Competition for FSU’s dance program is fierce. She’s heard they usually only accept between 30 and 60 dancers out of the hundreds who audition, but Ayla is no stranger to competition and is even less a stranger to winning.
At her most recent competition, she earned the title of “Ms. Powerhouse.”
Ayla already knows she can’t stop dancing, but to ensure a stable income, she plans to get involved in the medical field.
“Dance is my passion, but I feel nursing is my calling,” she says. “I don’t want to give up one or the other. I don’t think I could go without dance. If I did, I wouldn’t be complete.
Life In Motion
Erick Zarate, 23 / Ben Klopfenstein, 23 Michele Klopfenstein, 22
Sitting in the designated production room of a two-story rental in historic downtown, the members of Half Stache Studios are surrounded by sound boards, computer monitors, speakers and cameras.
Laughing hysterically, they recall the day “when Erick’s face hit the pavement,” according to Michele Klopfenstein, one of the group’s photographers.
Her brother, and the company’s video engineer, Ben elaborates over the giggling.
“In October of last year, we were in New York for four days,” Ben says. “Erick partied a little too hard and face-planted on the sidewalk.”
The fall literally scraped half of Erick’s ‘stache from his face, and at that moment, the production group was named.
While in New York, the group also met local rapper Joey BM, who was selling CDs on the street. They later ended up landing the job of shooting his music video in Orlando.
“We like shooting music videos,” Ben says. “They’re smaller and manageable. And more fun because they pay.”
Michele and Erick have shot local weddings, and Ben has directed an independent feature film and is currently working on two scripts—one for television and another for film.
“I like that we do a lot of different stuff,” Michele says. “We kind of do it all, and we have some things up our sleeves.”
Their most recent project, The Gathering, is a short documentary on the annual congregation of the Rainbow People.
The group agrees that this has been their most interesting project so far, and their conversation trailed off into a brainstorm session of “We could start with this… then go back to shots of this…”
Everyone in the group is impassioned about their role in each and every project, and all have reached a point where they realize that they have found their career path.
For Ben it started young, his sister says.
“He’s been making movies since he was a child.” Glaring at him, she adds “He always killed me off in them, though.”
Michele found her love around the age of 14. She took a photography class in 7th grade and “got hooked.”
And Erick had the realization when he turned down a full ride to Savannah College of Art & Design and decided to pursue photography instead.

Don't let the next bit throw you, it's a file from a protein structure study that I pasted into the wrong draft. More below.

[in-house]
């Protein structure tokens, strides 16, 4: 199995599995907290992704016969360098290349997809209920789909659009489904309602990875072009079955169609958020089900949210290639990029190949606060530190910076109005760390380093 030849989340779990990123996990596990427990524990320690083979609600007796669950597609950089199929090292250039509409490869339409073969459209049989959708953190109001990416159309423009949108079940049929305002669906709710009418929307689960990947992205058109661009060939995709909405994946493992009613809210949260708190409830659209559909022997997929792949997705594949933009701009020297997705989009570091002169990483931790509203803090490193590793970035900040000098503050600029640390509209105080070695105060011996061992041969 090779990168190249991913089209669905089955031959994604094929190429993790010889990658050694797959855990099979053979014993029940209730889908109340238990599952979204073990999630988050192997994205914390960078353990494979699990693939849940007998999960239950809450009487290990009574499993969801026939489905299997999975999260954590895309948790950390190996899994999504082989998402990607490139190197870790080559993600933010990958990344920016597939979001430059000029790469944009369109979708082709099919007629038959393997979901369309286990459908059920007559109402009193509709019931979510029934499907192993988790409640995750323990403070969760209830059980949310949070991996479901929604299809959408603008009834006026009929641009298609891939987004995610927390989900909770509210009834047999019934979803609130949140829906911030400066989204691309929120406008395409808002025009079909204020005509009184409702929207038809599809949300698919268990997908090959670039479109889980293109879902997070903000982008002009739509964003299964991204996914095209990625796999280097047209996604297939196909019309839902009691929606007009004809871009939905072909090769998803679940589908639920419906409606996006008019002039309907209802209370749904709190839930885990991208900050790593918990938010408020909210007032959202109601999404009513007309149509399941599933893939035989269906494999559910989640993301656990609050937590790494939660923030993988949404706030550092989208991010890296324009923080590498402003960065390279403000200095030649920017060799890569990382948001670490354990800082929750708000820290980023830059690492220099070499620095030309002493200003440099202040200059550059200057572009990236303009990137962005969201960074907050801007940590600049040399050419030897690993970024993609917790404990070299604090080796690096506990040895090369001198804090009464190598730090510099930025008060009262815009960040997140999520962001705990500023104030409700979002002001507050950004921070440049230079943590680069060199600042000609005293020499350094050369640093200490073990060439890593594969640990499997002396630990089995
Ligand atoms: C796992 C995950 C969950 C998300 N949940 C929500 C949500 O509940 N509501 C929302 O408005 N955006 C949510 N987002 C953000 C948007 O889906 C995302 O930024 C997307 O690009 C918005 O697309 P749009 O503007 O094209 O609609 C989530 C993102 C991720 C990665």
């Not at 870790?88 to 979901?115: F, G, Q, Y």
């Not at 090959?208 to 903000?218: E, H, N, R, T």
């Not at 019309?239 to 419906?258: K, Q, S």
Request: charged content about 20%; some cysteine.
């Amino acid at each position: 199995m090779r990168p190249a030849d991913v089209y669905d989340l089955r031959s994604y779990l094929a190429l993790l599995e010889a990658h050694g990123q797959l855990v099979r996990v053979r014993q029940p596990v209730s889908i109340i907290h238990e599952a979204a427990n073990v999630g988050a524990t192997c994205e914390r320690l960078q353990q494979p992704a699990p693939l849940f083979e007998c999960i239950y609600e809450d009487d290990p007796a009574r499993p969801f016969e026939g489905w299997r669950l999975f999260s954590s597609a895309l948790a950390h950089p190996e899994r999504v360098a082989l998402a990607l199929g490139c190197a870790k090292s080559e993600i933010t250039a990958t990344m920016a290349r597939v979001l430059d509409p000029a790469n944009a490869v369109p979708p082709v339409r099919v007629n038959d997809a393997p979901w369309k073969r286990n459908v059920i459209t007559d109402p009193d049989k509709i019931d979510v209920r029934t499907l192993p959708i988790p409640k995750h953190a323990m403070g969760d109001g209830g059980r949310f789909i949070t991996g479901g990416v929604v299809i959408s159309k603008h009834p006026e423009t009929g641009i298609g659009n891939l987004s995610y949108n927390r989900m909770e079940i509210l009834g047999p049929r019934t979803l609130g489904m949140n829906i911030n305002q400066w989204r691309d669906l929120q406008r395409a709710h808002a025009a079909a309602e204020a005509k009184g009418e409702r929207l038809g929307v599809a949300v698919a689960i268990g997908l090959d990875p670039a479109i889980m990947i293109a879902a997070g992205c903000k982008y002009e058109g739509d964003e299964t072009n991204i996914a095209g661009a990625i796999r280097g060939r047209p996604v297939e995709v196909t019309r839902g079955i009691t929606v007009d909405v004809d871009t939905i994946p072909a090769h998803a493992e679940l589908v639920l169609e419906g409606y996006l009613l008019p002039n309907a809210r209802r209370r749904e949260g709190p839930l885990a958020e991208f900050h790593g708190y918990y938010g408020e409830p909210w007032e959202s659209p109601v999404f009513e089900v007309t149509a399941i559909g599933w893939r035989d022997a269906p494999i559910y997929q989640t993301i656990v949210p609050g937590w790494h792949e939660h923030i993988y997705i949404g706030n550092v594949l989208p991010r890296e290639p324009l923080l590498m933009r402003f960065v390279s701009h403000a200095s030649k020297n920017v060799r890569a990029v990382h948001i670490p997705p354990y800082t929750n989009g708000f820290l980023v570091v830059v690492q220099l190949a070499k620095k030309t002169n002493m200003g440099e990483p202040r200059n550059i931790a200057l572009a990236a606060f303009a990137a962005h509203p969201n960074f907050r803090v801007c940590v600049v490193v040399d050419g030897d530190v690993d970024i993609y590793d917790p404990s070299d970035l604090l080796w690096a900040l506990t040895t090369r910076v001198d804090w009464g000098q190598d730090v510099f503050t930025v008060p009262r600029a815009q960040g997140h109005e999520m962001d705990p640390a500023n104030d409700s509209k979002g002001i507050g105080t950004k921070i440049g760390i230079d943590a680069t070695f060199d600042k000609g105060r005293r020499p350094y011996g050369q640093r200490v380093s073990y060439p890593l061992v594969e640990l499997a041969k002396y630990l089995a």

“I decided to just go for it,” Erick says. “And I blew all my money on cameras.”
“I’m happy,” he says. “I’m following my passion.”
An Artist’s Life
Ashley Ramos, 15
There was no choice for Ashley but to spend her summers tagging along to mom’s art classes. But, it was those years that helped Ashley realize that her true passion lies in art. Although always an art lover with a dream of becoming an artist, as a teenager, she just recently discovered that she’s good at it, too.
“Now that I’m growing up, I can put my twist on it,” Ashley says. “I can put more meaning into my work.”
Now, she attends her mom’s art classes by choice.
“She’s ‘our apprentice,’” says her mother, Sheila Ramos.
Over the summer, Ashley made regular appearances at Sheila’s art classes at Hobby Lobby to help the younger students hone in on their craft.
This year, Ashley began taking part in the Marion County Center for the Arts program at West Port as a freshman.
“There’s more pressure to stay on top of your game and maintain a high GPA,” Ashley says. “You have to rush, but you also have to really open your mind and think ‘How am I gonna put this together?’”
But her game plan is simple: Stay active.
“When I stay busy, I’m more on top of my work,” she says. “I’m not a quiet person. I have to keep going.”
Ashley’s Energizer Bunny mentality has been going—and going—for as long as she can remember. She was one of the youngest artists to be featured in 24 Hours in the Life of Ocala, a book of local photography taken within 24 hours in the city. But more recently, one of her acrylic pieces, a recreation of a Monet painting, was featured in a European art tour headed by Anita Anderson, a local artist.
Ashley loves the idea that her work is being seen, especially around the globe, but like every artist, she keeps a little to herself.
“I want you to see, but then I don’t,” she says. “I get nervous, but then I also like to show off.”
Whether around the world or just in the comfort of her journal, Ashley says, “Art is going to be with me for the rest of my life.”